China launches anti-corruption campaign in financial sector by inspecting banking regulator
BEIJING, Oct 12 (Reuters) – China’s top anti-corruption watchdog has launched a roughly two-month inspection of the country’s banking and insurance regulator, part of a wider campaign to to eliminate corrupt Communist Party officials in the financial sector.
The Central Commission for Discipline Inspection (CCDI) is deploying teams to 25 financial institutions including the central bank, stock exchanges, banks and wealth management companies, with instructions to focus on their Party committees.
A statement released late Monday by the China Banking and Insurance Regulatory Commission (CBIRC), the first institution to come under scrutiny, said inspectors would look for any violations of political discipline – an understatement of the Party for corruption.
“Finance is at the heart of the modern economy and is linked to development and security,” Yang Guozhong, CCDI inspection manager, was quoted in the statement as saying.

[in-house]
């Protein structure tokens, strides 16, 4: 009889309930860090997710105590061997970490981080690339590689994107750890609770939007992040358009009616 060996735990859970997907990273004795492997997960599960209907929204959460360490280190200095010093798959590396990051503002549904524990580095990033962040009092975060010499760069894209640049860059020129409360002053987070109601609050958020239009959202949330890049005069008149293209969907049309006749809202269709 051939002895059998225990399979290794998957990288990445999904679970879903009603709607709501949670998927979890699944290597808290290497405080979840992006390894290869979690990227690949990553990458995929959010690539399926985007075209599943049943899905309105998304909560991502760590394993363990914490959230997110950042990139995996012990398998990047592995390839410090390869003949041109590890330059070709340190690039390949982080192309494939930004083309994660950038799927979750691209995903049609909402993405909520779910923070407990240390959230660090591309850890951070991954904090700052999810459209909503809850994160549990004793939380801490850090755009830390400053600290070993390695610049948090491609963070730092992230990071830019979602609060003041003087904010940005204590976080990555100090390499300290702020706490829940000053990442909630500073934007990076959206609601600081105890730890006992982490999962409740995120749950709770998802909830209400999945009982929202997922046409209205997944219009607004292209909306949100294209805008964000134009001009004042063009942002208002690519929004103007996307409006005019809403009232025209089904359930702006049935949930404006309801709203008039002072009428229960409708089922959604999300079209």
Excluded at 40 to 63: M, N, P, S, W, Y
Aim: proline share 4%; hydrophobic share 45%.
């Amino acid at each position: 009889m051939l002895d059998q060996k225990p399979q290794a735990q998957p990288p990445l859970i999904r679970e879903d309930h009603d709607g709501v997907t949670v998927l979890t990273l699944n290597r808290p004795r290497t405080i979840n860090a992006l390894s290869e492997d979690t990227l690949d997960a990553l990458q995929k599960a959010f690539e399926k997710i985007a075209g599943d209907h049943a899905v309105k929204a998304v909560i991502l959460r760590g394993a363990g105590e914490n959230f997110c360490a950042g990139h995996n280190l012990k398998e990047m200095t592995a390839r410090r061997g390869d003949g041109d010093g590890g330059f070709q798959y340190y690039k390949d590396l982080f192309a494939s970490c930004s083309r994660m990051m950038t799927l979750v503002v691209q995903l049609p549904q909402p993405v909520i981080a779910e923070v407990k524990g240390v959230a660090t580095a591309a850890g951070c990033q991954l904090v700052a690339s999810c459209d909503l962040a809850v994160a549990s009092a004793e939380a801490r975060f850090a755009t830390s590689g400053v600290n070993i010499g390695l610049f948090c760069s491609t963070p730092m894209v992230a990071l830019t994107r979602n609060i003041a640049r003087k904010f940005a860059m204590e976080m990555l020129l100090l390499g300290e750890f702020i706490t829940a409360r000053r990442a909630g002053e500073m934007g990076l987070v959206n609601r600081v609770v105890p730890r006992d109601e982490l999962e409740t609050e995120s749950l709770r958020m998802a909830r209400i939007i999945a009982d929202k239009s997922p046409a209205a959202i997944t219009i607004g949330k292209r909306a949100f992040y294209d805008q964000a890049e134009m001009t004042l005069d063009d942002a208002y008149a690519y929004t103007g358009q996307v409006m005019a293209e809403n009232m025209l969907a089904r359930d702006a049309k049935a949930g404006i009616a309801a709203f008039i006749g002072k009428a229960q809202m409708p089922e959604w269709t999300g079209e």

“Inspections are political supervision and a powerful and comprehensive way to strictly govern the Party,” Yang said.
“There must also be no systemic financial risks – this is the bottom line that we must resolutely defend,” he said.
In late September, China’s top anti-corruption official Zhao Leji called for a thorough inspection to uncover policy deviations within Party organizations, as well as issues affecting the development of the financial sector. On Monday, the CCDI said the former chairman and Party chief at Chang’an Bank, based in northwestern Shaanxi province, had been expelled from the Party and public office over corruption.
Chinese President Xi Jinping is reviewing ties state banks and other financial institutions have developed with large private companies, The Wall Street Journal reported Monday, citing people with knowledge of the plan.
In recent months, Chinese regulators have targeted sectors ranging from technology to education and real estate, targeting some of the country’s biggest companies like Alibaba Group and Tencent Holdings. (Reporting by Ryan Woo; Editing by Simon Cameron-Moore)